Footwear company Wolverine World Wide faces potential lawsuits from residents in Michigan related to toxic tannery sludge recently found in an unlined Michigan landfill. The sludge was apparently dumped by the company into the landfill during the 1960s. Residents in the communities near the two newly discovered dump sites have filed a notice of intent to sue to cover clean-up costs and potential medical expenses, according to Waste Dive.
Local health officials have said that perfluorinated chemicals (PFCs) in the waste can cause cancer and other health issues; Wolverine has said to have been cooperative so far, and has been purchasing bottled water for residents as a precaution, though no PFCs have been found as of yet.
When a second Wolverine waste dump site was found in western Michigan, residents became worried that chemical-laced debris may be in a wider area than previously thought, writes the Associated Press.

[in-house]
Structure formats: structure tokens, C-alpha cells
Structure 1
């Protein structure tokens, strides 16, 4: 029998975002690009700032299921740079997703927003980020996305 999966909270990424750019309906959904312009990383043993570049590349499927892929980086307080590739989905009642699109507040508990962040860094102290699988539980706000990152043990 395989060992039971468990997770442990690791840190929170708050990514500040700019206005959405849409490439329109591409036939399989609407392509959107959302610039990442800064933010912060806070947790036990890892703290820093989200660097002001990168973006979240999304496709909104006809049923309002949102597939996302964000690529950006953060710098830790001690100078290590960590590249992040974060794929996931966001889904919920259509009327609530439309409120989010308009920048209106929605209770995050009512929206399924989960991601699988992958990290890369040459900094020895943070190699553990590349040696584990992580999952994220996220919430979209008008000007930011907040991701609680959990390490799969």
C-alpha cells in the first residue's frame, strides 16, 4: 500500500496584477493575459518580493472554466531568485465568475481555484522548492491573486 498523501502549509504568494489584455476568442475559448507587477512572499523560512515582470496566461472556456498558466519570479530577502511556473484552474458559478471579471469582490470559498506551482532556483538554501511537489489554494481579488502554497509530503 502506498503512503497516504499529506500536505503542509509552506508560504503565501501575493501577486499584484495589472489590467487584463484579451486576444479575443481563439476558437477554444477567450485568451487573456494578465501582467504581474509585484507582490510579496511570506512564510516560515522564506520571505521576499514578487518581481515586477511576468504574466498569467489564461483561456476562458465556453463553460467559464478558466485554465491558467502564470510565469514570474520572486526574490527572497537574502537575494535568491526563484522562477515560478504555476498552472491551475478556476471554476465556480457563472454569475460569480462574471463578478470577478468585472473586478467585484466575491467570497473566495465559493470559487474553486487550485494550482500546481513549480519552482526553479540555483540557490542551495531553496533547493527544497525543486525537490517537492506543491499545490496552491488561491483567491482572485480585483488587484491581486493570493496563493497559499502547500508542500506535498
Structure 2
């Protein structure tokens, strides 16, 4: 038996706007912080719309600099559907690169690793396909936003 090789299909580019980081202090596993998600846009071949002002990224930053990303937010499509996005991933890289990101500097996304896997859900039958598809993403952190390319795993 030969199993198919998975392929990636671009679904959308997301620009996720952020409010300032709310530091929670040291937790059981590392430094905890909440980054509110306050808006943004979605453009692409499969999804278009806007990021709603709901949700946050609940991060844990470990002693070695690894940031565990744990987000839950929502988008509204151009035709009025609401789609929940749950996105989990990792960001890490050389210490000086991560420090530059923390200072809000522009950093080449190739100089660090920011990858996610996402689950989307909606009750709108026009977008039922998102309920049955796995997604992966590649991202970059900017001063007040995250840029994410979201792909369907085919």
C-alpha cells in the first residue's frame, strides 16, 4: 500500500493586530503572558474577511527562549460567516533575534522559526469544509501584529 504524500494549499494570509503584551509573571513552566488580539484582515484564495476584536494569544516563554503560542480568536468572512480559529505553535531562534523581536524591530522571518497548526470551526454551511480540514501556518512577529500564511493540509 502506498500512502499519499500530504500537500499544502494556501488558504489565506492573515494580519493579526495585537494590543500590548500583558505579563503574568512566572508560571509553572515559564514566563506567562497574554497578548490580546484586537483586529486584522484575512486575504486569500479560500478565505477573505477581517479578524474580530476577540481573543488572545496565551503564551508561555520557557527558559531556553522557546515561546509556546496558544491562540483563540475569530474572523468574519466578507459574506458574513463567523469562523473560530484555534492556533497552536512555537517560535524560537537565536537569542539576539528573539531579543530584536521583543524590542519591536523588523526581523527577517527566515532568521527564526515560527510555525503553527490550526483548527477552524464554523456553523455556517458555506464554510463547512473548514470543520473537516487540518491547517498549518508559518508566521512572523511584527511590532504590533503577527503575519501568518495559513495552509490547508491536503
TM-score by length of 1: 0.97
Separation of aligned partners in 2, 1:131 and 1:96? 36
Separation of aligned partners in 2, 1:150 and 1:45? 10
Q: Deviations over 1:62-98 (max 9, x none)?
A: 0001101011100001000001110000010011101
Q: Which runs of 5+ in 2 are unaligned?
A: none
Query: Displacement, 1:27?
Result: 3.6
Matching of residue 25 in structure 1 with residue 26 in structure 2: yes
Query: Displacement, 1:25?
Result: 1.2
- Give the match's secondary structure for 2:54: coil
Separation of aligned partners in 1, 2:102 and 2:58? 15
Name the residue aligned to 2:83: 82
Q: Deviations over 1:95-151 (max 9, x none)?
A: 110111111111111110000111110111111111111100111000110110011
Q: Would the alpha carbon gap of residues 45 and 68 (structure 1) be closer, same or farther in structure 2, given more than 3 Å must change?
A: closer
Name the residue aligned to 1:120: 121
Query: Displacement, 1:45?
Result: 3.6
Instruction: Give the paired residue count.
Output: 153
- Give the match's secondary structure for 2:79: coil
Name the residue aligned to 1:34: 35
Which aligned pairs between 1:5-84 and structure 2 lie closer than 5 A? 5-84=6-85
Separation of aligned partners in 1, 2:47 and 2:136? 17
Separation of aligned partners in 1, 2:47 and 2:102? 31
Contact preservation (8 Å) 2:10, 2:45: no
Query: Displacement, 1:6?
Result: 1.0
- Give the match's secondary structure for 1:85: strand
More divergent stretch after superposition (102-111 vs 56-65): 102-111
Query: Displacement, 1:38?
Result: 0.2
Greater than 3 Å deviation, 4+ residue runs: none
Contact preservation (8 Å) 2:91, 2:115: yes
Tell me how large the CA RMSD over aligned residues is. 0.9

The discovery of toxic chemicals like PFC near older, closed landfills is a not-uncommon occurrence that can lead to expensive remediation processes. PFCs were once used in Scotchgard, a waterproofing product Wolverine used on shoe leather (per Michigan Public Radio).
At least two clothing manufacturers have vowed to begin phasing out the use of PFCs in their products in recent months. In February, Gore Fabrics said it will eliminate PFCs of environmental concern from its products by 2023. Gore, which supplies products including jackets and shoes to major outdoor apparel makers including Patagonia and The North Face, calls the move an “important milestone in its long-term journey towards continuously reducing the environmental footprint of its products throughout their full life cycle.” Environmental groups including Greenpeace have targeted Gore and other companies’ use of PFCs, which are commonly used to improve water resistance in high-performance clothing.
British retailer Tesco has also committed to phasing out use of chemicals like PFC from its supply chain for its F&F line of clothing and footwear by 2020. Eleven hazardous chemical groups including synthetic azo dyes and polyfluorinated compounds (PFCs) are being given priority, the retailer said.